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Oden uses State of the County speech to emphasize economic development efforts

CONYERS -- Business and economic development were the highlights provided by Rockdale County Commission Chairman Richard Oden Thursday during the annual State of the County address.

Oden spoke of ongoing projects such as the Neighborhood Stabilization Program and the Urban Redevelopment Plan for 1,909 acres between the city of Conyers and the DeKalb County line that the county will build on to emphasize the theme of the evening -- "Rebuilding, Reuniting and Re-energizing" Rockdale County.

The county has partnered with the state Department of Community Affairs to include an opportunity zone in the area. Businesses who move into the zone are eligible for state tax credits for job creation. Oden also noted the sewer agreement with DeKalb County to service the area puts the county in a strong position to attract new business.

Oden reiterated his support for public safety noting that residents must feel safe to live here and prosper. He noted that the Sheriff's Office and Fire Rescue were the only county departments that received substantial increases in their 2012 budgets.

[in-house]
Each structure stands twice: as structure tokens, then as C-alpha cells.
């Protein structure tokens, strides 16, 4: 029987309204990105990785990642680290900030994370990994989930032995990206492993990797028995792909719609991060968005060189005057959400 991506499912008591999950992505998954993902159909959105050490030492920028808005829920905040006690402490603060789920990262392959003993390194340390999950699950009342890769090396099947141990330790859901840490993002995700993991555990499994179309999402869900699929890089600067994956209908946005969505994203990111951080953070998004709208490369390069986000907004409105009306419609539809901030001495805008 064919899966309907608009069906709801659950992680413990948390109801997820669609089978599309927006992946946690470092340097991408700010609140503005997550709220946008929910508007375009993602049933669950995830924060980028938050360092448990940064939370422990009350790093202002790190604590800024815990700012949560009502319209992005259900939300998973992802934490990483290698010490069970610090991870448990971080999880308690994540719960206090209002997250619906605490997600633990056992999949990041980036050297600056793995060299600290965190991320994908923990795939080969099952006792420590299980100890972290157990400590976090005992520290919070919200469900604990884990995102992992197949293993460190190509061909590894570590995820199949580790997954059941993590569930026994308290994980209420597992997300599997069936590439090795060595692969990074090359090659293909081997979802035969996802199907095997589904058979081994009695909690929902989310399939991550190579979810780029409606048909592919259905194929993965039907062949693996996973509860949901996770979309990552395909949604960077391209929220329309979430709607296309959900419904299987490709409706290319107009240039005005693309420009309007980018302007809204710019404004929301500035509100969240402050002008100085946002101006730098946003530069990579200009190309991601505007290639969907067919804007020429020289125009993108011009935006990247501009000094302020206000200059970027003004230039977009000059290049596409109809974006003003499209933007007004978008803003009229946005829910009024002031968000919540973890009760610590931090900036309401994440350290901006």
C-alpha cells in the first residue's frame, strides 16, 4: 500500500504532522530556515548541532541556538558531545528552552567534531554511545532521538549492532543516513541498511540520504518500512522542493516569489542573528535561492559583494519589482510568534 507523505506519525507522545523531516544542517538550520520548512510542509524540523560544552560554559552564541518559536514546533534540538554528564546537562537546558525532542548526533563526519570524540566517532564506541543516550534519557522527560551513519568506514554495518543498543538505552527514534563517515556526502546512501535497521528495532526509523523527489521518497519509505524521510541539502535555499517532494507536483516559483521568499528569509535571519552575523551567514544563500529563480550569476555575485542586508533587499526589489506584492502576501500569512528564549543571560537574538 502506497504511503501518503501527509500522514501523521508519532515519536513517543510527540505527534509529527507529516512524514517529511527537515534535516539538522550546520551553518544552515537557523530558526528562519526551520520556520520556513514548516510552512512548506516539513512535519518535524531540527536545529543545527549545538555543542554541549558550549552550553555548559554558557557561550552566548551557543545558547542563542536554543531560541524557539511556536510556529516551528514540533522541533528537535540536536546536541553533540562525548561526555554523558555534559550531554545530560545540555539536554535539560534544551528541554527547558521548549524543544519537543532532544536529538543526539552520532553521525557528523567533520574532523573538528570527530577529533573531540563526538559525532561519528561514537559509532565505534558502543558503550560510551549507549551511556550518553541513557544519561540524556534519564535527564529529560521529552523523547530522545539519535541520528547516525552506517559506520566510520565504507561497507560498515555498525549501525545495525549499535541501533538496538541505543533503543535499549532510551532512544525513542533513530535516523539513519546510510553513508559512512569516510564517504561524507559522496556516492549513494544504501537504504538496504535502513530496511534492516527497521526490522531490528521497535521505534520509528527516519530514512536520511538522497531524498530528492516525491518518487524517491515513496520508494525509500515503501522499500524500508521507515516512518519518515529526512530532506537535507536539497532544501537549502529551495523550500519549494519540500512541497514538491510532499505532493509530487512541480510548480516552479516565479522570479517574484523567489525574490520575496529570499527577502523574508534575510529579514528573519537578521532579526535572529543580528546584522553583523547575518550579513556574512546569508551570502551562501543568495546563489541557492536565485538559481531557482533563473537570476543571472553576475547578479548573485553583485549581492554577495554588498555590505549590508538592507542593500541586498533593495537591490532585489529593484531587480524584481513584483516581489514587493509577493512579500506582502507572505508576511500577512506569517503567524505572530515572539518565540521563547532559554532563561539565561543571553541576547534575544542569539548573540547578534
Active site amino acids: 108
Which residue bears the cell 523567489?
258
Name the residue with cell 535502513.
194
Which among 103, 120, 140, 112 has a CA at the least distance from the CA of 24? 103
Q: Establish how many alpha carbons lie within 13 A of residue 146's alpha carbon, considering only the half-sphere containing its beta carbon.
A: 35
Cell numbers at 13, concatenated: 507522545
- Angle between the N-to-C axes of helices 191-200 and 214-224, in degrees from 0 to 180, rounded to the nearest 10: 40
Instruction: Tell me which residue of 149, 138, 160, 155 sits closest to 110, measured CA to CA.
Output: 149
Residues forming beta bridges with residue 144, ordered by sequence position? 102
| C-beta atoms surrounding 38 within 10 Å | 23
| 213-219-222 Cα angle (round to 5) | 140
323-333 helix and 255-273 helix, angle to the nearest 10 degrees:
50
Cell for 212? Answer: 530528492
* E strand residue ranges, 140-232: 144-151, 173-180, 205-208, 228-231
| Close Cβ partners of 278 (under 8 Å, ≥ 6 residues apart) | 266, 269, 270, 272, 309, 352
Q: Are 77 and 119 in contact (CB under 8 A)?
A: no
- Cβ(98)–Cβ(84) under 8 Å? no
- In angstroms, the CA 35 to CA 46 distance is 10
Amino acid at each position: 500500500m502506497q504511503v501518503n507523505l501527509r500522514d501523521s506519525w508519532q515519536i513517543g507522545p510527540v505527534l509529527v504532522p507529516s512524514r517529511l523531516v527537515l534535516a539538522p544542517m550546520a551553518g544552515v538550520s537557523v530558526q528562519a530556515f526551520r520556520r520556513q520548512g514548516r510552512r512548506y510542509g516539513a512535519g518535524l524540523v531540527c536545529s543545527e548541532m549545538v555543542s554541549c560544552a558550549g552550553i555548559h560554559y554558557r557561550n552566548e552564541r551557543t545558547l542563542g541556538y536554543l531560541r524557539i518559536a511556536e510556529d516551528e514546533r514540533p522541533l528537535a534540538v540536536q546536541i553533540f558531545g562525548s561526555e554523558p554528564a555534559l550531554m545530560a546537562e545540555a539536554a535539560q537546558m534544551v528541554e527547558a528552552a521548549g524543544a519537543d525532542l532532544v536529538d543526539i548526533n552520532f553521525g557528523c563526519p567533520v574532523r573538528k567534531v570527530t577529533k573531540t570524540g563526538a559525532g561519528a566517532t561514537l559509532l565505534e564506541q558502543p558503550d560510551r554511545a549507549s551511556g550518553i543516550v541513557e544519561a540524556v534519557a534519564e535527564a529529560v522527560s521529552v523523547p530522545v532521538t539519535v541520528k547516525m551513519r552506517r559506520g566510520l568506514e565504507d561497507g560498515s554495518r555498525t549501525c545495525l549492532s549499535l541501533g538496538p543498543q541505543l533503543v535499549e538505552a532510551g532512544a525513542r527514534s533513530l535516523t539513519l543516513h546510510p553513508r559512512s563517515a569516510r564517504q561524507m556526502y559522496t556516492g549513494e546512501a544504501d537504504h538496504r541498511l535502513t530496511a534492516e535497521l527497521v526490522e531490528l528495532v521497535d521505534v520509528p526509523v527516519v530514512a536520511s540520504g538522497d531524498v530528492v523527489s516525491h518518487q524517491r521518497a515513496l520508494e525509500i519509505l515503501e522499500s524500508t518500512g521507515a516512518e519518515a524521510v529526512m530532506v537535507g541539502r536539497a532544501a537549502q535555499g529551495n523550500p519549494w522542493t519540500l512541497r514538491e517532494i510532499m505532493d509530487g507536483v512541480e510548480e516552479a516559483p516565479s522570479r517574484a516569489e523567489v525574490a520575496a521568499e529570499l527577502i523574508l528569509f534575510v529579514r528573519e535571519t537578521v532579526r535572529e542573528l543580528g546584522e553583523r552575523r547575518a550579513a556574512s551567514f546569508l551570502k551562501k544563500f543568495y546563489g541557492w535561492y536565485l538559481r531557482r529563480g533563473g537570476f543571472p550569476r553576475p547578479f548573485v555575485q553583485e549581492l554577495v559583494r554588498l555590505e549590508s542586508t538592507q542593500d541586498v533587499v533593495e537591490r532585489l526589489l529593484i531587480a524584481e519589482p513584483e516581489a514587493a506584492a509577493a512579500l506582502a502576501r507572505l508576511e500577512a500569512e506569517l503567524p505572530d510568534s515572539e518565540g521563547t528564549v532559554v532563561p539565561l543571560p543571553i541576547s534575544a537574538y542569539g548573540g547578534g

Also, Bud Sosebee and Tommy Clack were named recipients of the county's Charles P. Cole Citizen Involvement Award. Sosebee, a former Rockdale County commissioner and World War II veteran, and Clack, Georgia Veterans Memorial Park Foundation chairman and Vietnam War veteran, were recognized Thursday for their efforts in building the Walk of Heroes memorial in north Rockdale County.

Once completed, the memorial will be the largest of its kind in the country. The Walk of Heroes memorial is itself a potential economic development project. Plans for the memorial include a conference center and museum.

Atlanta Regional Commission Executive Director Doug Hooker was the guest speaker of the evening and spoke about important decisions the region faces this year in the form of the regional T-SPLOST referendum, water management and education initiatives.

Hooker spoke of how all communities in metro Atlanta must think more of themselves as a region rather than as individual jurisdictions.

"Not to think of what Rockdale County has to do for itself or what DeKalb County has to do for itself, but what we can do for our neighbors," Hooker said.